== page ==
The recent discussions regarding baking breads in hot versus cold Dutch ovens - those from "Tartine Bread" in particular - prompted today's experiment.
I made two boules of the Country Rye from "Tartine Bread." One I baked starting in a room temperature enameled cast iron Dutch oven. The other I baked in the same Dutch oven, pre-heated. The breads were identical in weight. They were cold retarded overnight in bannetons and then proofed at room temperature for 2 hours before the first bake. The loaf baked in the pre-heated dutch oven proofed for 45 minutes longer, while the other loaf was baking. The second loaf was baked for 7 minutes longer than the first loaf, to get a darker crust.
Boule baked in cool Dutch oven on the left. Boule baked in pre-heated Dutch oven on the right.
In spite of the fact that the loaf baked first was relatively under-proofed, the loaf baked second, in a pre-heated Dutch oven, got slightly better bloom and oven spring. I won't be slicing these until next week. They are for my Thanksgiving guests. So, I don't know if there is any difference in the crumb structure.
Overall, I'm happy with both loaves. The differences are very small - arguably of no significance. While pre-heating the Dutch oven does appear to result in slightly better oven spring, the convenience of not having to pre-heat the Dutch oven may be more advantageous for many bakers.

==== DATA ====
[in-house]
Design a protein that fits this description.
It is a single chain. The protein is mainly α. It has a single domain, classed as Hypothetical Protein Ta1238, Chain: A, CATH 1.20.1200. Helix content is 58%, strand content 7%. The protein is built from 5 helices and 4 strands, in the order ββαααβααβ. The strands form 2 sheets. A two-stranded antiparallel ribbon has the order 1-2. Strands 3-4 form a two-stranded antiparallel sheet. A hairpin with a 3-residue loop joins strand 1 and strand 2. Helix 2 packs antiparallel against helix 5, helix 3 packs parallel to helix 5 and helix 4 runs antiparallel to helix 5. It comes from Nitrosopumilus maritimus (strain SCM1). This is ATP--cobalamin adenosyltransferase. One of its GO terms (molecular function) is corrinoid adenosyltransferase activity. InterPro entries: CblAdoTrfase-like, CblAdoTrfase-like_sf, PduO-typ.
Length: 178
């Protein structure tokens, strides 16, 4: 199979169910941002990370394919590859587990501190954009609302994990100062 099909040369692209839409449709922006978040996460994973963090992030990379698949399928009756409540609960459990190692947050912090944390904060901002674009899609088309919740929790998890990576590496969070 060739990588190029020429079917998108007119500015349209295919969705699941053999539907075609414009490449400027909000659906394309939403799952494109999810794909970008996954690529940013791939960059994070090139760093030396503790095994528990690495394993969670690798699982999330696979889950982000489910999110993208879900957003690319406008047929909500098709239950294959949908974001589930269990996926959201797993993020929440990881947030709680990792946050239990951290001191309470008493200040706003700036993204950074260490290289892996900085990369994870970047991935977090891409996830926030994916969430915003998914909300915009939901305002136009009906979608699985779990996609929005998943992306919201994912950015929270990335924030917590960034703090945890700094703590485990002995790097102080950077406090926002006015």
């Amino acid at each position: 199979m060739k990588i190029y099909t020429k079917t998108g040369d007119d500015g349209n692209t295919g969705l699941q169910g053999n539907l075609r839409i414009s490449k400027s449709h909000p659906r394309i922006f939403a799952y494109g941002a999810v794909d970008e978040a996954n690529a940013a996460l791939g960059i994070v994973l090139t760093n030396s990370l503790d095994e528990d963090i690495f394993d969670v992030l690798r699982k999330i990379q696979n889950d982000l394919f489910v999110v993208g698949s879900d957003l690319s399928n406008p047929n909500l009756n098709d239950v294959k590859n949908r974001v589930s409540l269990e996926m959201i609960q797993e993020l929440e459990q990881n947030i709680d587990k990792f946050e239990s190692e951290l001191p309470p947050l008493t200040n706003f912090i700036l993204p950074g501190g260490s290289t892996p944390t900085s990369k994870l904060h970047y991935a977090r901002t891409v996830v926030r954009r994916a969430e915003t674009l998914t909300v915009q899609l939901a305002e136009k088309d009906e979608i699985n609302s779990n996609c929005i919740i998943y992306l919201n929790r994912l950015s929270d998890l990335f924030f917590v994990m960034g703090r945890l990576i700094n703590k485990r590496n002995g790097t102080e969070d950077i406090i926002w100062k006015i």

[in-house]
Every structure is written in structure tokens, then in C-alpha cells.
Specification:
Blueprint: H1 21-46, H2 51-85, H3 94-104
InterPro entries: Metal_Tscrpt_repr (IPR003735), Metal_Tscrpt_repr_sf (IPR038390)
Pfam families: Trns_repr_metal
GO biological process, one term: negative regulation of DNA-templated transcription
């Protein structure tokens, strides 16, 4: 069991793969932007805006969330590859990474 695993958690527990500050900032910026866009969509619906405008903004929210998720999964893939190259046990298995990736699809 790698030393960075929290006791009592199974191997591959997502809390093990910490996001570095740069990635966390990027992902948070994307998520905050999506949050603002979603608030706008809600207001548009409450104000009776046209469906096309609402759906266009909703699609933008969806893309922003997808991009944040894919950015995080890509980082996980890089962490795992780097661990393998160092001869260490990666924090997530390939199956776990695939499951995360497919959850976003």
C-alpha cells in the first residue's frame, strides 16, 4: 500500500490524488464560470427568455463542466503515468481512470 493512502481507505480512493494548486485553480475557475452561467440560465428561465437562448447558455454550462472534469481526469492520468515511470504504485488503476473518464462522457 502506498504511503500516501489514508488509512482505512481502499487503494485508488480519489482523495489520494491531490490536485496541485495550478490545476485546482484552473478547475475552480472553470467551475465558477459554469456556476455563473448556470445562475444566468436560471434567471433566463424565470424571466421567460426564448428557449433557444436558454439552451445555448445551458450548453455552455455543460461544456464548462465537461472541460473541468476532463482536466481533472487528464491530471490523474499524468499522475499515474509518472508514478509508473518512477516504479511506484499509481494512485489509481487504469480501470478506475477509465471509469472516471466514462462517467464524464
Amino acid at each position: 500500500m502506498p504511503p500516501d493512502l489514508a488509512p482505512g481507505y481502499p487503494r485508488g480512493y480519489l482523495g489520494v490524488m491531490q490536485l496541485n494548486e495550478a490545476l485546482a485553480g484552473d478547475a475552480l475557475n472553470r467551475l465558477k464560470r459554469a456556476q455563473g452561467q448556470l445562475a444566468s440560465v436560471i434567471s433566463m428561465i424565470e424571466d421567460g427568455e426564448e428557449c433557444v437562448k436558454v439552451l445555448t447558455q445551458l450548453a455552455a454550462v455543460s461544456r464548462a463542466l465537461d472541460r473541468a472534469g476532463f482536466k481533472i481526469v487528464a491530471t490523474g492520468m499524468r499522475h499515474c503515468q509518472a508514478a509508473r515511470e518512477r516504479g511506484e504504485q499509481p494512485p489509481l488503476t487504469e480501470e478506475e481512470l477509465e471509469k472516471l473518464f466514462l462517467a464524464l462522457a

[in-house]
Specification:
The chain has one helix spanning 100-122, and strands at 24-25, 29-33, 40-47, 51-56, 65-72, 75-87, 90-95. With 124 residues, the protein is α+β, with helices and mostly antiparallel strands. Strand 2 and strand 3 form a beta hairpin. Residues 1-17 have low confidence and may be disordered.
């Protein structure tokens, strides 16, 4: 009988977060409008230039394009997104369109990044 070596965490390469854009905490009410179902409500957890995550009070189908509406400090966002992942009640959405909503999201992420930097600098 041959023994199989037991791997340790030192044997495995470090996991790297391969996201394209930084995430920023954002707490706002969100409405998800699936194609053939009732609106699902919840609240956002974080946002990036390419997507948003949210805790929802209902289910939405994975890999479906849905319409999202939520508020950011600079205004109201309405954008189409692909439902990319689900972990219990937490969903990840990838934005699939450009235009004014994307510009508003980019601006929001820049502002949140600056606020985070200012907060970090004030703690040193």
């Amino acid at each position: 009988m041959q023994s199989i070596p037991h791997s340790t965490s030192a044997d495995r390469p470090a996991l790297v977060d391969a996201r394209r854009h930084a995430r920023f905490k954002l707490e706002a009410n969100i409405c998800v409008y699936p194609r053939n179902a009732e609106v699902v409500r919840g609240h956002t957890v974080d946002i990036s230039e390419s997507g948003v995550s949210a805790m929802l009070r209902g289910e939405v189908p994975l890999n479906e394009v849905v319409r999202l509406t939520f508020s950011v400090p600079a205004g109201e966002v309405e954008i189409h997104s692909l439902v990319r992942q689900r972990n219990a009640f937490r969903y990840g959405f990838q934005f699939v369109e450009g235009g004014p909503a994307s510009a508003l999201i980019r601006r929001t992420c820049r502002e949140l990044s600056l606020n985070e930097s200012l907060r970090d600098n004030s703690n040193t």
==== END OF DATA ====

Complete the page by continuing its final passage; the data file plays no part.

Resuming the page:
Addendum: Okay. So, I'm weak. I had to try the bread, since it was the firs time I'd baked it.
The crust is crunchy-chewy. The crumb is less open than the "Basic Country Bread," as expected. The 17% (by Robertson's way of doing baker's math) whole rye does make a difference. The crumb is very cool and tender. The aroma is rather sour, but the flavor is less so. The surprise was the prominent whole wheat flavor tone, even though all the WW is in the levain, and it only amounts to 50 g out of a total of 1100 g (my way of doing baker's math). I expect the flavors to meld by breakfast time tomorrow. I think this will make great toast with Almond butter and apricot preserves.
Country Rye, cut loaf
Country rye, crumb
Submitted to YeastSpotting